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Karen L. Jolly
Karen L. Jolly

The University of Hawaiʻi at Mānoa Department of History has appointed Karen L. Jolly as its inaugural Jerry H. Bentley Distinguished Professor in World History. For the 2022–23 school year, Jolly will take on the newly established role, which provides research and other scholarly support for history faculty who are pursuing projects in the field of world history.

The position is named in honor of the UH Mānoa emeritus professor whose leadership in world history research and teaching brought UH’s contributions in this field to global attention. The endowed professorship is generously supported by Carol Mon Lee in honor of her late husband.

Two people smiling
From right—Carol Mon Lee and her late husband Jerry Bentley

“Carol has been exceptionally generous in establishing several funds in memory of Jerry’s legacy. She supports history research and students, and also established a fund for faculty research and travel and a graduate student scholarship,” said Peter Arnade, dean of the UH Mānoa College of Arts, Languages and Letters. “This new initiative, the Bentley Distinguished Professorship in World History, is a crucial source of support for history faculty research and publication, allowing the department to maintain its international excellence in this dynamic field.”

Jolly is a professor in the UH Mānoa history department and one of the most popular world history instructors on campus.

She is a recipient of the UH Mānoa Regents’ Medal for Excellence in Teaching (1998–99) and is a two-time National Endowment for the Humanities awardee.

Recognized as a significant scholar within the field, Jolly has published several monographs, edited volumes and numerous peer-refereed articles. She arrived at UH Mānoa as a medieval Europeanist, who embraced world history after being personally mentored by Bentley.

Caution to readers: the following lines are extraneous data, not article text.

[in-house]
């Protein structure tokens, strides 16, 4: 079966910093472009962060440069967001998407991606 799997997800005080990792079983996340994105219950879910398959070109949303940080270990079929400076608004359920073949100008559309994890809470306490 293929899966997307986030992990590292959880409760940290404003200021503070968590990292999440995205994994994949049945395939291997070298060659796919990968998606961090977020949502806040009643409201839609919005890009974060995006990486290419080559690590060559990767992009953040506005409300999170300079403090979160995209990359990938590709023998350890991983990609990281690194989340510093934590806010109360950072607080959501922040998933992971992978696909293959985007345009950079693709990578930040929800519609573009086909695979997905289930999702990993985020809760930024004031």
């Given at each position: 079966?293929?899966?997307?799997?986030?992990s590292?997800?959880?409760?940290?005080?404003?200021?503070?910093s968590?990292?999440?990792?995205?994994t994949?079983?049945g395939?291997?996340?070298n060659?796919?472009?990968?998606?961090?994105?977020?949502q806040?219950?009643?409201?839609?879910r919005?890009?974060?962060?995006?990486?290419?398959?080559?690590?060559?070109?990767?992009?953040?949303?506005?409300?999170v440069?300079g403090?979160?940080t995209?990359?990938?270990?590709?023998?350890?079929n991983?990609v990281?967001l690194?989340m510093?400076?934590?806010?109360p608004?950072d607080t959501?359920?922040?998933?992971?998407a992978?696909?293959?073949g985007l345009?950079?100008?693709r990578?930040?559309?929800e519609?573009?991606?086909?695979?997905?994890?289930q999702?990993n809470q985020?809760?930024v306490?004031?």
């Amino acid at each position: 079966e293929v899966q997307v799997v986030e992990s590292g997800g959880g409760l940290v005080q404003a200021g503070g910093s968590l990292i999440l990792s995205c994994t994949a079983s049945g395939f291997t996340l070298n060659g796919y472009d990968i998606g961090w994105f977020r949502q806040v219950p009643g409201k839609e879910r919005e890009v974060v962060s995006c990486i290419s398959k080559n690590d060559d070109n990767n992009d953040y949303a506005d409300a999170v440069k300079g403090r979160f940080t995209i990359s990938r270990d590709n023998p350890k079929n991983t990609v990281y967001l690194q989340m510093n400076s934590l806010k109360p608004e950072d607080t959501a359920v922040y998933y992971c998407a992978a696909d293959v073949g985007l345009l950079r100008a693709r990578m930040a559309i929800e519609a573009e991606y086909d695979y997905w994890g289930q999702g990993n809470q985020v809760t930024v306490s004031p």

“Beginning under Jerry Bentley’s influence and continuing to listen more and more to Indigenous voices in Oceania (Kānaka Maoli or Native Hawaiians), my understanding of humanity and our intertwined histories has evolved significantly. These changes are visible in my research, teaching and service such that I have reached a point of identifying myself as a global medievalist, with certain caveats and acknowledgements of limited positionality,” explained Jolly.

The endowed professorship was created to help inspire faculty to perpetuate Bentley’s continuing legacy in the field of world history. The globally-respected scholar believed that studying history from a transnational perspective increased our appreciation for the mutual benefit of cross-cultural interactions, fostered tolerance and mutual respect, and strengthened an appreciation for the historical ties that connected peoples and regions.

More on Jolly

This year, Jolly is working on a pedagogical project to rethink the meaning and impact of pre-modern world history, starting with history courses on the Global Middle Ages. She continues to partake in a complete revamping of the foundations course on pre-modern world history, currently under revision in the general education curriculum. A scholar in the area of ethical teaching and research, Jolly challenges students with big questions: What does it mean to be human? What contributes to human flourishing?

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